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Forecasted coral reef decline in marine biodiversity hotspots under climate change

  • Descombes, Patrice Unit of Ecology & Evolution, University of Fribourg, Switzerland
  • Wisz, Mary S. Department of Ecology and Environment, Hørsholm, Denmark
  • Leprieur, Fabien Laboratoire Ecologie des Systèmes Marins Côtiers, Montpellier, France
  • Parravicini, Valeriano CRIOBE, University of Perpignan, Perpignan, France - CESAB-FRB, Aix-en-Provence, France
  • Heine, Christian EarthByte Group, The University of Sydney, Sydney, NSW, Australia - Shell International Exploration & Production, The Hague, The Netherlands
  • Olsen, Steffen M. Center for Ocean and Ice Danish Meteorological Institute, Copenhagen, Denmark
  • Swingedouw, Didier EPOC, CNRS, Université de Bordeaux, Pessac, France
  • Kulbicki, Michel Laboratoire Arago, Institut pour la Recherche en Développement, Banyuls/mer, France
  • Mouillot, David Laboratoire Ecologie des Systèmes Marins Côtiers, Montpellier, France - Australian Research Council Centre of Excellence for Coral Reef Studies, James Cook University, Townsville, Qld, Australia
  • Pellissier, Loïc Unit of Ecology & Evolution, University of Fribourg, Switzerland
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Published in:
  • Global Change Biology. - 2015, vol. 21, no. 7, p. 2479–2487
English Coral bleaching events threaten coral reef habitats globally and cause severe declines of local biodiversity and productivity. Related to high sea surface temperatures (SST), bleaching events are expected to increase as a consequence of future global warming. However, response to climate change is still uncertain as future low-latitude climatic conditions have no present-day analogue. Sea surface temperatures during the Eocene epoch were warmer than forecasted changes for the coming century, and distributions of corals during the Eocene may help to inform models forecasting the future of coral reefs. We coupled contemporary and Eocene coral occurrences with information on their respective climatic conditions to model the thermal niche of coral reefs and its potential response to projected climate change. We found that under the RCP8.5 climate change scenario, the global suitability for coral reefs may increase up to 16% by 2100, mostly due to improved suitability of higher latitudes. In contrast, in its current range, coral reef suitability may decrease up to 46% by 2100. Reduction in thermal suitability will be most severe in biodiversity hotspots, especially in the Indo-Australian Archipelago. Our results suggest that many contemporary hotspots for coral reefs, including those that have been refugia in the past, spatially mismatch with future suitable areas for coral reefs posing challenges to conservation actions under climate change.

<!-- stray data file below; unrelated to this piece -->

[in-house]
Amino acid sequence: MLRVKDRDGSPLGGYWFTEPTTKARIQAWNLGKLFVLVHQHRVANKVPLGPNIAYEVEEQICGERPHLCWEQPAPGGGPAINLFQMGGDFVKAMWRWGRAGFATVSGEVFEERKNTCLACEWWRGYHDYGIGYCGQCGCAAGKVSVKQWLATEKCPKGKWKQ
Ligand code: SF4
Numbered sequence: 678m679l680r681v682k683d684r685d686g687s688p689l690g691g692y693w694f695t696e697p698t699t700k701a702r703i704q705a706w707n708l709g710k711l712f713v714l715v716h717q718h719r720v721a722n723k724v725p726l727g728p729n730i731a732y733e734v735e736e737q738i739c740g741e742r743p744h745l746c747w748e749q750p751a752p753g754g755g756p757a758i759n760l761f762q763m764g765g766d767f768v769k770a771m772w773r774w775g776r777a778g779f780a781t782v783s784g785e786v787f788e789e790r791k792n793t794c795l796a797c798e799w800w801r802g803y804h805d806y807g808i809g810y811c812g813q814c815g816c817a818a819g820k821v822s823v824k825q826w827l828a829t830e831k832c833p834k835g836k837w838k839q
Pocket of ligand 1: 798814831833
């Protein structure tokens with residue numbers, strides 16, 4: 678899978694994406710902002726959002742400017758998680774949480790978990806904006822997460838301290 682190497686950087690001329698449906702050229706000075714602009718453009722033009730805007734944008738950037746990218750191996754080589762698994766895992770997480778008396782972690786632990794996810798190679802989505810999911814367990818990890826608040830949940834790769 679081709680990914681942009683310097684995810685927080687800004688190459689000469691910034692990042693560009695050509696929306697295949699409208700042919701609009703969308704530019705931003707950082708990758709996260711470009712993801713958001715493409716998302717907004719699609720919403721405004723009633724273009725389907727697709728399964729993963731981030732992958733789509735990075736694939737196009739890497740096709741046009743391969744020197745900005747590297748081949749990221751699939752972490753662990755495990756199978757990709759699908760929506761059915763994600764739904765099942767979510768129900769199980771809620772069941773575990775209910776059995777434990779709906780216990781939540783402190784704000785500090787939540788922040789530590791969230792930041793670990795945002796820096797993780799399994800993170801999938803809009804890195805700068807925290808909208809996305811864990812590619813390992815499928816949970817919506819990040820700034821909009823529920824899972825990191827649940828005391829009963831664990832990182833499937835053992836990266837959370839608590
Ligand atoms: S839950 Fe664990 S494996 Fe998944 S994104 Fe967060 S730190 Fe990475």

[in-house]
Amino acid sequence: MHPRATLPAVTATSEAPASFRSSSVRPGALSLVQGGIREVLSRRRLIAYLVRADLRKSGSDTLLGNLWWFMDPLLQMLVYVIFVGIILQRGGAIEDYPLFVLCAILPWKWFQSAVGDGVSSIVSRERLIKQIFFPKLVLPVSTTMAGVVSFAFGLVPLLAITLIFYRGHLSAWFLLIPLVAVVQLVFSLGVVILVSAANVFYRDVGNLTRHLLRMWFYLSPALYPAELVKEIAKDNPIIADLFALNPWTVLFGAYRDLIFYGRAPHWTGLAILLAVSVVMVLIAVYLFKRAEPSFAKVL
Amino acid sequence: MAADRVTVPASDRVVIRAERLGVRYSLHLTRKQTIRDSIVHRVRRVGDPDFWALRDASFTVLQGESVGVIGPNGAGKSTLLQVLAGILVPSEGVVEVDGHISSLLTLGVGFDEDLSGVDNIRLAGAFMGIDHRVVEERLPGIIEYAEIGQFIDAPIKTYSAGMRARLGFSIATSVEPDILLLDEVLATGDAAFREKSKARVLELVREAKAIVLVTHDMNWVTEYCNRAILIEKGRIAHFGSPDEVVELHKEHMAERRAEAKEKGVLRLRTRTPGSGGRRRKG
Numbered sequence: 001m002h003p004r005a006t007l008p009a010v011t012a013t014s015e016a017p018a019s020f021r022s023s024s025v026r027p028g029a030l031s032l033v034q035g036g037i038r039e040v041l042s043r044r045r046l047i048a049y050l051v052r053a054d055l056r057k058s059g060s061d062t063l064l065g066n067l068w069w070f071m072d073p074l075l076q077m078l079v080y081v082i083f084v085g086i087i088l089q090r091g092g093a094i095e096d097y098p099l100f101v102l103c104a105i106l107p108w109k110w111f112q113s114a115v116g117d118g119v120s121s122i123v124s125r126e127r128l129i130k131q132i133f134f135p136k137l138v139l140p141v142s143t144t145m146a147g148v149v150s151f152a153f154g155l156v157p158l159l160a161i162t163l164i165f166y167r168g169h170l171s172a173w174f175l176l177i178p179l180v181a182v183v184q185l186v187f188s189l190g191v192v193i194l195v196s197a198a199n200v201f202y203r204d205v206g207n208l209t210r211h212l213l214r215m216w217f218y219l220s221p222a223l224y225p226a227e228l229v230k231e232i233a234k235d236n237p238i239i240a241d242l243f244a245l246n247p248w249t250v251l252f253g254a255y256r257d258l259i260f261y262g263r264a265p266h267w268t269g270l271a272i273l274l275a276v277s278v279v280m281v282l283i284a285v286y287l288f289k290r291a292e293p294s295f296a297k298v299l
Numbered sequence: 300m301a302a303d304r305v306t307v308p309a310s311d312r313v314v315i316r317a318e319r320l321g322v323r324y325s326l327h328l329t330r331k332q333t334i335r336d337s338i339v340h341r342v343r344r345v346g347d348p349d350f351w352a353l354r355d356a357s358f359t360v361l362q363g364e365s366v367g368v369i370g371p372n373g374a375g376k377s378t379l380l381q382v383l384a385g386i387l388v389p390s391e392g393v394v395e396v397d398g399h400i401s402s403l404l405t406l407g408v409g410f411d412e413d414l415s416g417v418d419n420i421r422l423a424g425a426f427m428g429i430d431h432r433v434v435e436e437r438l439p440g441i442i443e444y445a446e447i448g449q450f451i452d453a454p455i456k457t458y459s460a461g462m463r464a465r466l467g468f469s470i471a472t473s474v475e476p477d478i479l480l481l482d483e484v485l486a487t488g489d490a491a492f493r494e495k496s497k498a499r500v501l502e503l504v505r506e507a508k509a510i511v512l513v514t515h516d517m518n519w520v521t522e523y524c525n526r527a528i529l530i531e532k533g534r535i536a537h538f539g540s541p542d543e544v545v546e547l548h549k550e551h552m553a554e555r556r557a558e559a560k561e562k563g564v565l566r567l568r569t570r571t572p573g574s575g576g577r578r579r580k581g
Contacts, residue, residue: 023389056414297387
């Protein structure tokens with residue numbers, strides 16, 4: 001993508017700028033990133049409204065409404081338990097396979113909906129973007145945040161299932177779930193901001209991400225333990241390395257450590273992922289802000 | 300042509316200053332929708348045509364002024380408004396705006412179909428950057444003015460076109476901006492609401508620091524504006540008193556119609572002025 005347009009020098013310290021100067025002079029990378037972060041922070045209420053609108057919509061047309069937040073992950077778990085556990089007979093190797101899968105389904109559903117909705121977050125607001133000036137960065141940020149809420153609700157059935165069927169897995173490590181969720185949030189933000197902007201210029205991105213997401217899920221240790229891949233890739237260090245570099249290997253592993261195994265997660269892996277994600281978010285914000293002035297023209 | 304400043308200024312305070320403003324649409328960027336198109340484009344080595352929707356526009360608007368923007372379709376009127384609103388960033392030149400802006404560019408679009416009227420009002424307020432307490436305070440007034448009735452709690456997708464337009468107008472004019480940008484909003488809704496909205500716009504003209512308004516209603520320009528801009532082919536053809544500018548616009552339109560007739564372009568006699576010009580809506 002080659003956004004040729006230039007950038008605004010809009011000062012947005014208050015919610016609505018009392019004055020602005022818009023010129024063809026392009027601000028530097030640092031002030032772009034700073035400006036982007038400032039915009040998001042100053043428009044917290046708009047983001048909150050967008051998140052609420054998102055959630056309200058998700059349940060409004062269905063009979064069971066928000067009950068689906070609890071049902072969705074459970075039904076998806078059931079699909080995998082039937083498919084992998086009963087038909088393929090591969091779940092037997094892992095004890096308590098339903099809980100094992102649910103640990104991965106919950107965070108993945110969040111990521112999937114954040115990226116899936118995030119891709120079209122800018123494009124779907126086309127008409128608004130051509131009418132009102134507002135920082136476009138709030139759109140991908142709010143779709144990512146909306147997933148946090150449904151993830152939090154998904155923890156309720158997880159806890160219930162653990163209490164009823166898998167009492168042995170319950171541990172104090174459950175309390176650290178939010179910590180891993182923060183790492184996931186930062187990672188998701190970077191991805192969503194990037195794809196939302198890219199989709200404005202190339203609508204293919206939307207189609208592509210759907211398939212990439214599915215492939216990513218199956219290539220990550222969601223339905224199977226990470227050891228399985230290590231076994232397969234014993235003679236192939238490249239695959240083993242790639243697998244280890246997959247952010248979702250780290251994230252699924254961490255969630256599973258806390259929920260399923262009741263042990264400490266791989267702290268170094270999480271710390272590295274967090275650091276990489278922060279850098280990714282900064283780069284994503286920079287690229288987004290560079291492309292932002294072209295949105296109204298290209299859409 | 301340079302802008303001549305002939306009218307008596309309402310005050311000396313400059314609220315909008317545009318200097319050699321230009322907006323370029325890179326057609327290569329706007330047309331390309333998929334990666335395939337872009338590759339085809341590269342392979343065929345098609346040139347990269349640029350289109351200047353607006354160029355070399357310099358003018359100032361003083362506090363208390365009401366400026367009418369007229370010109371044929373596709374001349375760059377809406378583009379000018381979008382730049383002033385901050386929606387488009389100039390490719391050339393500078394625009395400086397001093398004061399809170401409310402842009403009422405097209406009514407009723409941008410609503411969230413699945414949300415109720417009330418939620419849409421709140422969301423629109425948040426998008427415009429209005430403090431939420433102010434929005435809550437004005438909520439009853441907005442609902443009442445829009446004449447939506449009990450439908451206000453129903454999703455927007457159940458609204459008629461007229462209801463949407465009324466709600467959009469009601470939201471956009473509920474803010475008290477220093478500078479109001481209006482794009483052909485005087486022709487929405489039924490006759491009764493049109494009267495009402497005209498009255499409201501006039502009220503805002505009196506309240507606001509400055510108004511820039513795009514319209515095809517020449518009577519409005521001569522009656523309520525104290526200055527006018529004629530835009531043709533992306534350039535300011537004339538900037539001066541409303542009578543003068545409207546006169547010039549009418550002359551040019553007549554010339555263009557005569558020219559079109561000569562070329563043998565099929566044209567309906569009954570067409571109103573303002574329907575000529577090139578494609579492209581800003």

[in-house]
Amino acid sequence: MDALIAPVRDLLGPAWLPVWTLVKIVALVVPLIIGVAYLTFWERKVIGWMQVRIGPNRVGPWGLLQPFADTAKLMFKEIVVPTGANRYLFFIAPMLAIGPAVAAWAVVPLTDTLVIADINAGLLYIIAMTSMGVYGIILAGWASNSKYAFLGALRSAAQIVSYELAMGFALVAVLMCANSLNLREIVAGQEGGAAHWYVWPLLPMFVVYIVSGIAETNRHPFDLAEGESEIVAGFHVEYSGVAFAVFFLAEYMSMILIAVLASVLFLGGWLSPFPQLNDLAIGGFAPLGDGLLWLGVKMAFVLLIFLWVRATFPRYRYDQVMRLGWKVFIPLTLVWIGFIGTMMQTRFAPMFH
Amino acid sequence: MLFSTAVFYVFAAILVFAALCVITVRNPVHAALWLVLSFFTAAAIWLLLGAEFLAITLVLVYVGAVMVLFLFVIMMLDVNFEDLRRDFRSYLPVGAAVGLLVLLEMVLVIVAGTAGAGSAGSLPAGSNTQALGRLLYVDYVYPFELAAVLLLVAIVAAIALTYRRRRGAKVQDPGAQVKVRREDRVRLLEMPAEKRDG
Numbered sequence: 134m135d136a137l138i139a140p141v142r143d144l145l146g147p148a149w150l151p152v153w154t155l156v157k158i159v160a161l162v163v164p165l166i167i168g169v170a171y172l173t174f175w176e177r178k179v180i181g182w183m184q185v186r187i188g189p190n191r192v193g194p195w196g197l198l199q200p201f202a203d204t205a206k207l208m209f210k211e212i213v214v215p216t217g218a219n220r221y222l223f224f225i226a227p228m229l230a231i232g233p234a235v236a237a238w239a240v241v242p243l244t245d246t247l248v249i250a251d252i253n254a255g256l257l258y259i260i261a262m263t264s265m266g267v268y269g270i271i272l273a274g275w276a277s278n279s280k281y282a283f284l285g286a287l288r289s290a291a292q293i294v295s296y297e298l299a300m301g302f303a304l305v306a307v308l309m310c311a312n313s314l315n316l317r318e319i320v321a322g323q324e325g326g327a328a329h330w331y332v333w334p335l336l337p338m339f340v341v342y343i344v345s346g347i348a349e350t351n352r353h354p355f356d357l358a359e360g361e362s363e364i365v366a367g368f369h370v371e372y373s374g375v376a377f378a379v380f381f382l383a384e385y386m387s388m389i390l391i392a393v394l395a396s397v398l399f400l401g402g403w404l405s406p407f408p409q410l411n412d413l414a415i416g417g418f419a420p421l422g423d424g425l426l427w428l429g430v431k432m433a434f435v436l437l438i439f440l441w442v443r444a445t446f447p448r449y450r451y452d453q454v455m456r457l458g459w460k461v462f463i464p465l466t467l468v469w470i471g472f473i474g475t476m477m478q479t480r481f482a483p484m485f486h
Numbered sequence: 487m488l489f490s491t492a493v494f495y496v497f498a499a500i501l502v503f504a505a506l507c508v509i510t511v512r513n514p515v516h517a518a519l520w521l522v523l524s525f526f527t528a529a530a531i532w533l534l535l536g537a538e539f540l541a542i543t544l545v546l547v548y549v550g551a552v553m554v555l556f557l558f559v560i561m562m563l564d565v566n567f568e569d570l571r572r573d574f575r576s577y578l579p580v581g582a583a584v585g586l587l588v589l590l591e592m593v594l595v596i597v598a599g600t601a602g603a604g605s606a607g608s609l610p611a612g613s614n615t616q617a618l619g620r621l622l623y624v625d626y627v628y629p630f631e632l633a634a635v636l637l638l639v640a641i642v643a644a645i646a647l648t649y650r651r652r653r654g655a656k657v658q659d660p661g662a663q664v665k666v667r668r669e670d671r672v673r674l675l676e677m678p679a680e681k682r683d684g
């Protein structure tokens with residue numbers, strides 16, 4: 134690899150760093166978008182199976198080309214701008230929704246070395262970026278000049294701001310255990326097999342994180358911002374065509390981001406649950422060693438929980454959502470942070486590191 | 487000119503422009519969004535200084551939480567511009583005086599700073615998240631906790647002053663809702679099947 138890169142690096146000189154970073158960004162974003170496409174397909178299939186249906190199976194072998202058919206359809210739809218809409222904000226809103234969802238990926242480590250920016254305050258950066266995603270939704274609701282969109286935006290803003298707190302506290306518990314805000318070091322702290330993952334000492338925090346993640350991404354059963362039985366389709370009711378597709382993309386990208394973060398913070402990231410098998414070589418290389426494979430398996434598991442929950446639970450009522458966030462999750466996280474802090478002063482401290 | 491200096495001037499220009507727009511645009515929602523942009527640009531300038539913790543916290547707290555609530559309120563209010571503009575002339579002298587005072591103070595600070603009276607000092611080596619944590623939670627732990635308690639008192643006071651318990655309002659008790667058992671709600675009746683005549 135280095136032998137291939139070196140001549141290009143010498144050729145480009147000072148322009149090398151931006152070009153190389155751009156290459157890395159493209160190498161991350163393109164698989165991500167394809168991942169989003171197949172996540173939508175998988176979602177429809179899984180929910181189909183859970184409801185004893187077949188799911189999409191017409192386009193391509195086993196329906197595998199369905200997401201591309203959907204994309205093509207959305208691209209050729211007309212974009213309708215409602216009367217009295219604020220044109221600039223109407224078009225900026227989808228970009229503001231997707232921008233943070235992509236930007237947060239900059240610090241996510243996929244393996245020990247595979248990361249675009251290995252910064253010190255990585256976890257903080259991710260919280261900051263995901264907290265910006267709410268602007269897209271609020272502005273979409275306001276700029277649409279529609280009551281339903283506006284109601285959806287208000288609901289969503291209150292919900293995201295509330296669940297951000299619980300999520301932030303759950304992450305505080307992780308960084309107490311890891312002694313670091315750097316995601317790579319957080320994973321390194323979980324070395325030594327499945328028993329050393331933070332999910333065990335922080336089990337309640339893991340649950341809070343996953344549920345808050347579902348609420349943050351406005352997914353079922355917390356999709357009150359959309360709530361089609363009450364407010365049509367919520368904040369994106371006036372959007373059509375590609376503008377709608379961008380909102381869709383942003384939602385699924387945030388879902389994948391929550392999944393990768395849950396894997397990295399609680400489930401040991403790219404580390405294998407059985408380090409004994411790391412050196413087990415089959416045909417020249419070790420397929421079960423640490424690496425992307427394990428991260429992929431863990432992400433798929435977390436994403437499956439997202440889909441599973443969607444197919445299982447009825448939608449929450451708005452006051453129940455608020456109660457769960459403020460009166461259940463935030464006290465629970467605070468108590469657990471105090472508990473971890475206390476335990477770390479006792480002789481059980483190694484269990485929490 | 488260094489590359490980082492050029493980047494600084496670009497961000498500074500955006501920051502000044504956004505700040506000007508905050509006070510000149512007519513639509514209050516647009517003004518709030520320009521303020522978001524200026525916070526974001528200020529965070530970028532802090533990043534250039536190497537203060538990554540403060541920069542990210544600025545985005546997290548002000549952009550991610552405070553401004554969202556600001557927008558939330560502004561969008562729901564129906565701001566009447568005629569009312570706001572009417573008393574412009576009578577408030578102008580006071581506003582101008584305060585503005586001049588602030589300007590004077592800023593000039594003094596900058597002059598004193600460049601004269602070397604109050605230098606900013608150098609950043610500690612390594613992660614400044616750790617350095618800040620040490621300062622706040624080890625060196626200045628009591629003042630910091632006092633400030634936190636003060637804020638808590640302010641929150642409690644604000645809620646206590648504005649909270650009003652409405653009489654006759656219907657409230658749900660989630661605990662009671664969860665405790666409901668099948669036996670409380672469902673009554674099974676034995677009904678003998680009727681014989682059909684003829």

Faculté des sciences et de médecine
Département de Biologie
  • English
Ecology and biodeversity
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